The first comes as no surprise; God spares Jeremiah in dramatic fashion. It is not the case that Jeremiah happens to slip through the nets of the Babylonians to live out his days in his homeland. The command to protect Jeremiah and allow him to stay in Judah comes directly from the top of the Babylonian empire.

“Nebuchadnezzar king of Babylon gave command concerning Jeremiah…’Take him, look after him well, and do him no harm.’” (vs. 11, 12)

How is it Jeremiah receives this attention? It is entirely possible that Nebuchadnezzar has heard of Jeremiah through the Judeans who have already fled the city and surrendered to them (39:9). It is also possible that Nebuchadnezzar has already been influenced by another one of God’s people who has been in his court for a couple of years now. Daniel has already caught Nebuchadnezzar’s attention and respect, and it is possible that by now he has an admiration for God’s true prophets. Daniel’s exile not only serves God’s purposes for Daniel and his immediate surroundings, it quite possibly saves the life of Jeremiah a couple of years later in a land hundreds of miles away.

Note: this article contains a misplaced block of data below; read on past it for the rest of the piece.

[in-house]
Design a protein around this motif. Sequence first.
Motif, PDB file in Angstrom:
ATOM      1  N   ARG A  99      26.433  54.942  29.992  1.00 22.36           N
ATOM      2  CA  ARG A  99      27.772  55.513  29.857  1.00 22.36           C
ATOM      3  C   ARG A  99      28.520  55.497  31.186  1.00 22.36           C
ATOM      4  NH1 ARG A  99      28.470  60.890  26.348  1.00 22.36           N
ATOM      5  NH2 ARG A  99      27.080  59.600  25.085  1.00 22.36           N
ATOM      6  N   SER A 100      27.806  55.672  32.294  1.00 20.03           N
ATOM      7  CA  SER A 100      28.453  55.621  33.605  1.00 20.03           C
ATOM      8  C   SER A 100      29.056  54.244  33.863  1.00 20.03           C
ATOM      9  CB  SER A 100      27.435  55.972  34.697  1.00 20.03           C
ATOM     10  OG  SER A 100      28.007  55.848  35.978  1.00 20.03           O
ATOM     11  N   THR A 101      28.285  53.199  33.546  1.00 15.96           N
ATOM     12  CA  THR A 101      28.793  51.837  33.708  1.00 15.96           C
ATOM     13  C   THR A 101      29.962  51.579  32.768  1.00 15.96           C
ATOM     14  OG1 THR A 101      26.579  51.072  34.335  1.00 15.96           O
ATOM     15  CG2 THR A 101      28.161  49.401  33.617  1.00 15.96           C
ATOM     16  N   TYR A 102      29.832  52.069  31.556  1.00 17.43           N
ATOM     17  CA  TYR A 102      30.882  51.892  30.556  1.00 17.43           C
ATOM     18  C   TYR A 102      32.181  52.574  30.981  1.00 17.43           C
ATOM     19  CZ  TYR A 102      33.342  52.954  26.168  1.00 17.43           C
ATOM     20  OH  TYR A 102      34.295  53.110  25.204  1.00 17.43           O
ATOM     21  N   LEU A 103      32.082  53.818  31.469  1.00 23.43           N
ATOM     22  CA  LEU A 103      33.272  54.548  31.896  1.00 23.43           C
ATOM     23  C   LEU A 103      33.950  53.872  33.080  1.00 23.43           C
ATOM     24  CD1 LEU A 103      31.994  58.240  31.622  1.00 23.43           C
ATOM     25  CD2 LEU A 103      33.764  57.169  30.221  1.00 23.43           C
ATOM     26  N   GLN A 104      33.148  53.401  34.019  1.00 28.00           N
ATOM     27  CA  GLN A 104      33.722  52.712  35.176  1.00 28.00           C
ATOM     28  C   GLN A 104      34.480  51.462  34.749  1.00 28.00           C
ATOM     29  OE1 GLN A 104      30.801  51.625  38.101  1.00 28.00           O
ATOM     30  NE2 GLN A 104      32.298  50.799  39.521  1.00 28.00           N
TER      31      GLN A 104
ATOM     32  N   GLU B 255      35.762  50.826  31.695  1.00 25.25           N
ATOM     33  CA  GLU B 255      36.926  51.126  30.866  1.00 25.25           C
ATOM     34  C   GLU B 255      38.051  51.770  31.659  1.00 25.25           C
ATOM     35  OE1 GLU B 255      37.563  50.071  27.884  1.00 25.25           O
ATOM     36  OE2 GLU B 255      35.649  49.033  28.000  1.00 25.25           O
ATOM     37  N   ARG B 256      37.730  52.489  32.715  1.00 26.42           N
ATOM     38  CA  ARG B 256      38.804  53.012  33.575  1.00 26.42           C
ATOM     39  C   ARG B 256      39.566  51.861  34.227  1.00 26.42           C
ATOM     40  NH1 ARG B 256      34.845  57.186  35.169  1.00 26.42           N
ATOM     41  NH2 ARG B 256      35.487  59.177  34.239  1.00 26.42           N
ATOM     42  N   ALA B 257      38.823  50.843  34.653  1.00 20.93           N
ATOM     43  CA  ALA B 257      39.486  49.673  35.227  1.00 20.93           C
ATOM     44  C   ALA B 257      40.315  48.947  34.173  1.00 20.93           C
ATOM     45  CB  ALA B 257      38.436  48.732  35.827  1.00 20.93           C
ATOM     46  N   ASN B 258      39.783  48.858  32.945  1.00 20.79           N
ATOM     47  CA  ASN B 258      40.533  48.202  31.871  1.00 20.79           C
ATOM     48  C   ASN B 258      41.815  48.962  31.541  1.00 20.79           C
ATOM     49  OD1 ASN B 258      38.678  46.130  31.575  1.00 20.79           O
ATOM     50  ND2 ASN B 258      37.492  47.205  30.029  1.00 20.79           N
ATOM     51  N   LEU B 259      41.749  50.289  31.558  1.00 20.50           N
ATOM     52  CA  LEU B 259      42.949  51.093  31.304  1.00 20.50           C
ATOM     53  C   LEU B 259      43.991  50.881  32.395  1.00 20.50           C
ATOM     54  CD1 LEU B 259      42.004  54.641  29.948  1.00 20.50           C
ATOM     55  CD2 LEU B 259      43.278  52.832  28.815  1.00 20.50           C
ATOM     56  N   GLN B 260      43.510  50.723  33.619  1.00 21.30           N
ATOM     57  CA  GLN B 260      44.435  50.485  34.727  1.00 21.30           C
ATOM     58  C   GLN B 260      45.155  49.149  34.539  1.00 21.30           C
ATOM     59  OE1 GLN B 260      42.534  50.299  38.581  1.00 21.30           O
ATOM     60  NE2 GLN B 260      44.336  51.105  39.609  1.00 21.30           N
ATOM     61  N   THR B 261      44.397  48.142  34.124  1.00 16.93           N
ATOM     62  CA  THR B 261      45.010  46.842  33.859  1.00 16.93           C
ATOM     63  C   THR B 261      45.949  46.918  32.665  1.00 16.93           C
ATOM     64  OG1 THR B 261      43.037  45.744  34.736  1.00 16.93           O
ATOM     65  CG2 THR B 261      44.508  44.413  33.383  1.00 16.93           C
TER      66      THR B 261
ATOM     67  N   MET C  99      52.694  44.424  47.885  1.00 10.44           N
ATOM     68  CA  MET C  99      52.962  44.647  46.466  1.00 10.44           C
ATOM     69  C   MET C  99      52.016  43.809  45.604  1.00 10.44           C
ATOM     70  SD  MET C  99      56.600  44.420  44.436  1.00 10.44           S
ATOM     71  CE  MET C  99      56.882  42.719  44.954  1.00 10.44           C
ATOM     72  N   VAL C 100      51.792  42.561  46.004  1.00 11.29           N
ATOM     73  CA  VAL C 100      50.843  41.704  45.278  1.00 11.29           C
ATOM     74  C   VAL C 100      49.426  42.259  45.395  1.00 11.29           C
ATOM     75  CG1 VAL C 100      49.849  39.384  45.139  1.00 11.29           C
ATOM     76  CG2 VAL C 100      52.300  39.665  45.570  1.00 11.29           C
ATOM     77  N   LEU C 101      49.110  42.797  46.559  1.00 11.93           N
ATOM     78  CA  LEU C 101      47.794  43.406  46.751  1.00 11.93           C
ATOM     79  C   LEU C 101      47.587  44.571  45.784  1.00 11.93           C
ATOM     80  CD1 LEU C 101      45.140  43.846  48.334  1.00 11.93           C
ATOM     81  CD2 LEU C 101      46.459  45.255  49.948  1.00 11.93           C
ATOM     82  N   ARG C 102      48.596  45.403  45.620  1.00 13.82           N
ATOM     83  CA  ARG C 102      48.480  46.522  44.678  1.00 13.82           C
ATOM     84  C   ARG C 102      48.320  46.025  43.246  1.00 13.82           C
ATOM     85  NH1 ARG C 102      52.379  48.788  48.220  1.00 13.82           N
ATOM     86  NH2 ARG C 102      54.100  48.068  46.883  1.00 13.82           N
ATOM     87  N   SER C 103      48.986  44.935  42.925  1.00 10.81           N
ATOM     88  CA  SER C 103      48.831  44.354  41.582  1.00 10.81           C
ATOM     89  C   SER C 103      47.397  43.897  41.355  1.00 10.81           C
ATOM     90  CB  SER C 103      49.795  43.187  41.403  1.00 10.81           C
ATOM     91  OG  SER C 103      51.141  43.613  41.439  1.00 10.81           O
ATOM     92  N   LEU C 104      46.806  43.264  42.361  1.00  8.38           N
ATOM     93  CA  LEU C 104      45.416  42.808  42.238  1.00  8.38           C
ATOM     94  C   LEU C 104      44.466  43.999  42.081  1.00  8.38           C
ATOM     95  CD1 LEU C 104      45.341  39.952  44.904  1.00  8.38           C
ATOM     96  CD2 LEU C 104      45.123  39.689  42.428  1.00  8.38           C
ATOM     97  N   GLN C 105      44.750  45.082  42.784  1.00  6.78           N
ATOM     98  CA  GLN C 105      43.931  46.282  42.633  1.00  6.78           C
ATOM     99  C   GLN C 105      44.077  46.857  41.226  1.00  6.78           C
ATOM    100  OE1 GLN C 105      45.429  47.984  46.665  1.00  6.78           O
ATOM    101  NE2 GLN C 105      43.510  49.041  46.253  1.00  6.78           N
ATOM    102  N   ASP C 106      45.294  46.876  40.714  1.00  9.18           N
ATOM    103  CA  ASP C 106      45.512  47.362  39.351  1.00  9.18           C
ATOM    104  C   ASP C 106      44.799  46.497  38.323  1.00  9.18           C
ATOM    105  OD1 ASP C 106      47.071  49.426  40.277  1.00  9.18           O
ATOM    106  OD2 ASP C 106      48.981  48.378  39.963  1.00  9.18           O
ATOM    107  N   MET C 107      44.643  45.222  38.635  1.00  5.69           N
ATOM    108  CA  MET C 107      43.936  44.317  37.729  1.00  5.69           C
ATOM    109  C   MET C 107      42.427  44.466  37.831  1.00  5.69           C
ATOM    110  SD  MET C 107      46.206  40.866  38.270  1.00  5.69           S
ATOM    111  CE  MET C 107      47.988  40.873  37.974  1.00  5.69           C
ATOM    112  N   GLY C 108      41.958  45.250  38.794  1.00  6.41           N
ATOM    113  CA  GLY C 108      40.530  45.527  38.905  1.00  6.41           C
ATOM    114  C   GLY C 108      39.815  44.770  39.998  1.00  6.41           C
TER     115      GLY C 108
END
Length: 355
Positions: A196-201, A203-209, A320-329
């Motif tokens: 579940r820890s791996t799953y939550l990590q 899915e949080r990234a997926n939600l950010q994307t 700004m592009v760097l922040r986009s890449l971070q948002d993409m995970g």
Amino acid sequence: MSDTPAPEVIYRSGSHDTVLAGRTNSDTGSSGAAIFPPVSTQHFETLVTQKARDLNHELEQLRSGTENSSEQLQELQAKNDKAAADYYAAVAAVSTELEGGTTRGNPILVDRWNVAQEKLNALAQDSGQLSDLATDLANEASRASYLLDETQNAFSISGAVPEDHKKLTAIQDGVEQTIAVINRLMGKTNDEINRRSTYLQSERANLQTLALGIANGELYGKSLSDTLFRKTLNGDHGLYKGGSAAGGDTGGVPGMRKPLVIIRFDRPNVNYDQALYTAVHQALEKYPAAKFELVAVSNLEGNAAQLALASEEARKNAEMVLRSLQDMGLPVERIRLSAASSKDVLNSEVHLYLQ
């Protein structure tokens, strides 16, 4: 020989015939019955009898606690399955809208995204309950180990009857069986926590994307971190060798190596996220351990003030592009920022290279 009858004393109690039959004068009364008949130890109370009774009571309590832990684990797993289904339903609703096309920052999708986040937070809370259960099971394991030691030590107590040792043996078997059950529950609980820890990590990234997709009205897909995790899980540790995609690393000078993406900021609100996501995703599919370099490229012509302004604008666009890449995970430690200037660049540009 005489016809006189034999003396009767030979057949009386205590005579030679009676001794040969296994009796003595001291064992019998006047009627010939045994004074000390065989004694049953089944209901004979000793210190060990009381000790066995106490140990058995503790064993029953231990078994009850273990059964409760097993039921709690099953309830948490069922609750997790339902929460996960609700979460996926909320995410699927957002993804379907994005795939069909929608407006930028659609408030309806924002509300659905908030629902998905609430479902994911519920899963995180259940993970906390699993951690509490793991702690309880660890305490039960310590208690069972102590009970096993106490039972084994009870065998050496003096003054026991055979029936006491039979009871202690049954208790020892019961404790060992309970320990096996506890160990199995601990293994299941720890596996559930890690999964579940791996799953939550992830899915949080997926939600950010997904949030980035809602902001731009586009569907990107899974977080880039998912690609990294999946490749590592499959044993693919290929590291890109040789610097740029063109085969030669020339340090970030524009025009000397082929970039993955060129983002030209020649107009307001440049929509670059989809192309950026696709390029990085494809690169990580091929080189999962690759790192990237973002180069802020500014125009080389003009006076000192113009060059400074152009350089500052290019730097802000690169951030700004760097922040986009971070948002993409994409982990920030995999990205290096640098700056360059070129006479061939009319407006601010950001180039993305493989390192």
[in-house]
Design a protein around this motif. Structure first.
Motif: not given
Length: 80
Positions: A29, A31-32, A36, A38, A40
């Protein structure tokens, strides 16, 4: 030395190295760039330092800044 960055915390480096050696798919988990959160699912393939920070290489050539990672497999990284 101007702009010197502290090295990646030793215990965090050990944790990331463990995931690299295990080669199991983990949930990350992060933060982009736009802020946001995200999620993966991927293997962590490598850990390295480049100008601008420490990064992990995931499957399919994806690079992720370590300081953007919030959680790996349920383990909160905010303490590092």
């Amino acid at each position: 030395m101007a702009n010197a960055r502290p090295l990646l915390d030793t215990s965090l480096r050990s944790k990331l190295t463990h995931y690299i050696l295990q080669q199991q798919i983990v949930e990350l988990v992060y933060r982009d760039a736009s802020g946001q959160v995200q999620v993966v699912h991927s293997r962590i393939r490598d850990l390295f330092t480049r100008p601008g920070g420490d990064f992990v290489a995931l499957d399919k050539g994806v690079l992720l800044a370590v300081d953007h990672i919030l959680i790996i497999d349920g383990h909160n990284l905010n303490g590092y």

The second character saved is Ebed-Melech. We first read of him in chapter 38 when he saves Jeremiah’s life. It is a great story of courage and faithfulness as this Ethiopian slave confronts the Judean king to receive permission to pull Jeremiah out of the cistern where he was left to die. Then here, in chapter 39, God reassures him that even though he sees the nation crumbling around him his life would be saved. In fact, God repeats that assurance in five consecutive, nearly synonymous, phrases (vs. 17-18).